Turns out, we may actually see the sky falling due to the sequester cuts. Last month a meteor fell in Russia and a potentially catastrophic asteroid passed dangerously close to the earth. But White House science adviser John Holdren reported to Congress that NASA is short on necessary funding to prevent future collisions.
Members of the House Science Committee were given best-case scenarios at Tuesday’s hearing by Holdren, who reported that funding of cataloging potentially threatening asteroids had increased from $5 million to over $20 million in just a few years. But it is not enough to fund an infrared-sensing telescope – which could cost $500 to $750 million – that could detect a meteor such as the one in Russia, which no one saw coming.
“It came out of the sun,”Holdren said. “It came from a direction where our telescopes could not look.”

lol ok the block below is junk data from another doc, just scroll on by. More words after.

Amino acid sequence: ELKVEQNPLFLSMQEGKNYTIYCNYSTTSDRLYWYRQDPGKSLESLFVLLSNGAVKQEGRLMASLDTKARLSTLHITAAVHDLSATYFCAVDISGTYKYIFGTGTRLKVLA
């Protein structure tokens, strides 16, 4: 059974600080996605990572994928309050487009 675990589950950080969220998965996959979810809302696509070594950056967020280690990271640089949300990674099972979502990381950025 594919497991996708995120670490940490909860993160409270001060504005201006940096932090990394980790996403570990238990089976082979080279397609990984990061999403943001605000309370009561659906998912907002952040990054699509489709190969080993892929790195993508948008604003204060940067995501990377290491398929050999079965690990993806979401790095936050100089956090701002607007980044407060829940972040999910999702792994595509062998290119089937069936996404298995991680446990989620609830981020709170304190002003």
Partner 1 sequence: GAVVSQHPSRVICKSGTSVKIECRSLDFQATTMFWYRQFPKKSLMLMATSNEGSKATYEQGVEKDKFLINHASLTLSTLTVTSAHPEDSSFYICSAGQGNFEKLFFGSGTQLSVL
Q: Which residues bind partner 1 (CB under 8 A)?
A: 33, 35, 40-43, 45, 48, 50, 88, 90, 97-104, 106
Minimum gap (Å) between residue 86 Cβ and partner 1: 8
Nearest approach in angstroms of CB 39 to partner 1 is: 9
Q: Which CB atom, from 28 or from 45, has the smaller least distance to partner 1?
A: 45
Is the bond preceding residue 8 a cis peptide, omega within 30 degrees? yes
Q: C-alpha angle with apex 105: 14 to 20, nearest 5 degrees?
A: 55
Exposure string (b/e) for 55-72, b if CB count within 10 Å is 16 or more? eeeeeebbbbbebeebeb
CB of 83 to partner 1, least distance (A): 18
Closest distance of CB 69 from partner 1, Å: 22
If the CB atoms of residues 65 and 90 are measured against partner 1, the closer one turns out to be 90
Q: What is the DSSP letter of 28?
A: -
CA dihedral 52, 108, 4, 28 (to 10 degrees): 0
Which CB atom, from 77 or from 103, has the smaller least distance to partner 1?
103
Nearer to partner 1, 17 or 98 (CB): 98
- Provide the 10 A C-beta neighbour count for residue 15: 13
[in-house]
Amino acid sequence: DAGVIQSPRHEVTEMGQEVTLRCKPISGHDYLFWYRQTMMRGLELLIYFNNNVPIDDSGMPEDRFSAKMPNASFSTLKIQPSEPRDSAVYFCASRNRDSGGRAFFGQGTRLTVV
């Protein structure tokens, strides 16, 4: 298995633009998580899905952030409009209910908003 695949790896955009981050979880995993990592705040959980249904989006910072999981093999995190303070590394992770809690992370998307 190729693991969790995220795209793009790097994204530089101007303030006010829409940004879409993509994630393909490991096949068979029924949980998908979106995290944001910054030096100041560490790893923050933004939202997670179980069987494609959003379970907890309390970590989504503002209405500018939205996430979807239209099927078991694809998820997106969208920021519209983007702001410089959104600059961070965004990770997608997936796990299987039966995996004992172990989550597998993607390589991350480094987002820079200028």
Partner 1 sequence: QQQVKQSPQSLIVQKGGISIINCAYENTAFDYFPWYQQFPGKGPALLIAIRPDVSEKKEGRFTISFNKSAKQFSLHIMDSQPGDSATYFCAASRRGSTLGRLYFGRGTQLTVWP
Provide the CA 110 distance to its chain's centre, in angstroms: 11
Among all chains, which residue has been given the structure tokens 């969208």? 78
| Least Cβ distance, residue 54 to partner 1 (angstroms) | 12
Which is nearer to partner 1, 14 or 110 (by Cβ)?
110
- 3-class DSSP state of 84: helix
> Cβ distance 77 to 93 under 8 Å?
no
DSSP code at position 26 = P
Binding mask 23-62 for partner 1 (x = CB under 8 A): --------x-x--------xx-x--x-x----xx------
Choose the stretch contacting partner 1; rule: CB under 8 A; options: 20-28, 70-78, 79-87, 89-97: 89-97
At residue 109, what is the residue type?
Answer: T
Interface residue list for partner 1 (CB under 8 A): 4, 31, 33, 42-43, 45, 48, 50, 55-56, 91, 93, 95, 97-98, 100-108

Bolden warned that sequestration spending cuts will affect NASA’s future asteroid-hunting efforts, as well as any plans for human space exploration.
“If you detected, even a small one like the one that detonated in Russia, headed for New York City in three weeks, what would we do?” Rep. Bill Posey, R-Fla., asked.
“If it’s coming in three weeks, uh … pray,” NASA Administrator Charles Bolden said.
“A good segment of the population thinks it’s just a matter to call in Bruce Willis,” Posey said jokingly.
See the NBC report here:
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